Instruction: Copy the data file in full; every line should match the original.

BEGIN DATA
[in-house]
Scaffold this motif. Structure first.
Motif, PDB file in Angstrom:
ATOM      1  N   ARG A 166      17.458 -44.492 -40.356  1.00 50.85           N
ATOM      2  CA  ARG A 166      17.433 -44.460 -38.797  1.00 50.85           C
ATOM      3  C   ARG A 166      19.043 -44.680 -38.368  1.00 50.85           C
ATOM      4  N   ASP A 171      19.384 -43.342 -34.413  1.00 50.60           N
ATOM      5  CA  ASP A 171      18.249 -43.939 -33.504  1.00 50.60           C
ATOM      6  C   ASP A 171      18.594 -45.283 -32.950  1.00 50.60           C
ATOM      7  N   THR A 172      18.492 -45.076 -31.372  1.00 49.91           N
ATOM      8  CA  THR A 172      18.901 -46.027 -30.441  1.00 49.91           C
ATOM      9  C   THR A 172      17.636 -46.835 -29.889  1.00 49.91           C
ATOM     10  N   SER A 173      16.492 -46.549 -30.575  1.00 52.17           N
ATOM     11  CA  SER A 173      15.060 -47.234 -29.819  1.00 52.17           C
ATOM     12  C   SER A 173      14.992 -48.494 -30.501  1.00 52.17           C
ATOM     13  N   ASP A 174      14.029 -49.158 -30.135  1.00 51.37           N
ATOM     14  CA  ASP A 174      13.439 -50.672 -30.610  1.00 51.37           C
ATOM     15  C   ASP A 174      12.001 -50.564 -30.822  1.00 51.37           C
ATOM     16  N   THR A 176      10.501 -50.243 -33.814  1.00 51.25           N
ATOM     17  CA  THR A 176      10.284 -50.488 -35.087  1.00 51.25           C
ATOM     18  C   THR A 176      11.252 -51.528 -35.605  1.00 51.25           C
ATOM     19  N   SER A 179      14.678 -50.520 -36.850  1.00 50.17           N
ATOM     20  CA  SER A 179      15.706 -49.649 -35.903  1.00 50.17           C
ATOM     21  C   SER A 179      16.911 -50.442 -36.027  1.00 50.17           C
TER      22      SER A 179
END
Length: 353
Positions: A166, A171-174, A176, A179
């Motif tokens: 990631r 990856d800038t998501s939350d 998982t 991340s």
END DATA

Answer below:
[in-house]
Scaffold this motif. Structure first.
Motif, PDB file in Angstrom:
ATOM      1  N   ARG A 166      17.458 -44.492 -40.356  1.00 50.85           N
ATOM      2  CA  ARG A 166      17.433 -44.460 -38.797  1.00 50.85           C
ATOM      3  C   ARG A 166      19.043 -44.680 -38.368  1.00 50.85           C
ATOM      4  N   ASP A 171      19.384 -43.342 -34.413  1.00 50.60           N
ATOM      5  CA  ASP A 171      18.249 -43.939 -33.504  1.00 50.60           C
ATOM      6  C   ASP A 171      18.594 -45.283 -32.950  1.00 50.60           C
ATOM      7  N   THR A 172      18.492 -45.076 -31.372  1.00 49.91           N
ATOM      8  CA  THR A 172      18.901 -46.027 -30.441  1.00 49.91           C
ATOM      9  C   THR A 172      17.636 -46.835 -29.889  1.00 49.91           C
ATOM     10  N   SER A 173      16.492 -46.549 -30.575  1.00 52.17           N
ATOM     11  CA  SER A 173      15.060 -47.234 -29.819  1.00 52.17           C
ATOM     12  C   SER A 173      14.992 -48.494 -30.501  1.00 52.17           C
ATOM     13  N   ASP A 174      14.029 -49.158 -30.135  1.00 51.37           N
ATOM     14  CA  ASP A 174      13.439 -50.672 -30.610  1.00 51.37           C
ATOM     15  C   ASP A 174      12.001 -50.564 -30.822  1.00 51.37           C
ATOM     16  N   THR A 176      10.501 -50.243 -33.814  1.00 51.25           N
ATOM     17  CA  THR A 176      10.284 -50.488 -35.087  1.00 51.25           C
ATOM     18  C   THR A 176      11.252 -51.528 -35.605  1.00 51.25           C
ATOM     19  N   SER A 179      14.678 -50.520 -36.850  1.00 50.17           N
ATOM     20  CA  SER A 179      15.706 -49.649 -35.903  1.00 50.17           C
ATOM     21  C   SER A 179      16.911 -50.442 -36.027  1.00 50.17           C
TER      22      SER A 179
END
Length: 353
Positions: A166, A171-174, A176, A179
């Motif tokens: 990631r 990856d800038t998501s939350d 998982t 991340s």